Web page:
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The tiny, nondescript town of Hyder sits at the head of narrow Portland Canal, a 70-mile-long fjord northeast of Ketchikan. The fjord marks the border between Canada and the United States, and Hyder sits just 2 miles from the larger town of Stewart, British Columbia. It's also one of the few Southeast settlements accessible by paved road.
The 1898 discovery of gold and silver in the surrounding mountains brought a flood of miners to the Hyder area, and the town eventually became a major shipping port. Mining remained important for decades, but a devastating 1948 fire destroyed much of the town, which had been built on pilings over the water. A small amount of mining still takes place here, but the beauty of the area, while not any more interesting than Ketchikan, attracts a respectable number of tourists. Today Hyder calls itself "the friendliest ghost town in Alaska," a claim that may be based more on marketing than reality.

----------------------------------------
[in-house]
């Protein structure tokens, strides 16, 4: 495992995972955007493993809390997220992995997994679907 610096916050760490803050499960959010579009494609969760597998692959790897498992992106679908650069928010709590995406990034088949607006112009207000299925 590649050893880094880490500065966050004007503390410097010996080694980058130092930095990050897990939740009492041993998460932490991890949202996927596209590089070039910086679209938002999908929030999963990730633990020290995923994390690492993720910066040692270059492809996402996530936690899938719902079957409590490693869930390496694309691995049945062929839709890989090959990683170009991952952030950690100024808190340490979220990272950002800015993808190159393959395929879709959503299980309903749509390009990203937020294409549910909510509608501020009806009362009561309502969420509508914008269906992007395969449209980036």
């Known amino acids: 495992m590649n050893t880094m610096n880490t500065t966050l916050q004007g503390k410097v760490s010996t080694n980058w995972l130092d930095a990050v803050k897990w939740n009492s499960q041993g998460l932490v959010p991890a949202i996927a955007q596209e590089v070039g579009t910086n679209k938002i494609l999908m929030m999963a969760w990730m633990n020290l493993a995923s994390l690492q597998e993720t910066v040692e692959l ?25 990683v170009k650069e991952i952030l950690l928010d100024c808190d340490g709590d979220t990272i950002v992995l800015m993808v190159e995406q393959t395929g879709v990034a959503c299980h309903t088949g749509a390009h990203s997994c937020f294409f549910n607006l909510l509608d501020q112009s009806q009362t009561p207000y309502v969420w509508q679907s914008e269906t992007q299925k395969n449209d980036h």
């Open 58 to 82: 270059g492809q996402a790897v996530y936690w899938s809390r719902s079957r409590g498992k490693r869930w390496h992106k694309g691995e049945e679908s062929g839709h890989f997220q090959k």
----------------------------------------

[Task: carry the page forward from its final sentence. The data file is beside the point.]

Hyder at a Glance
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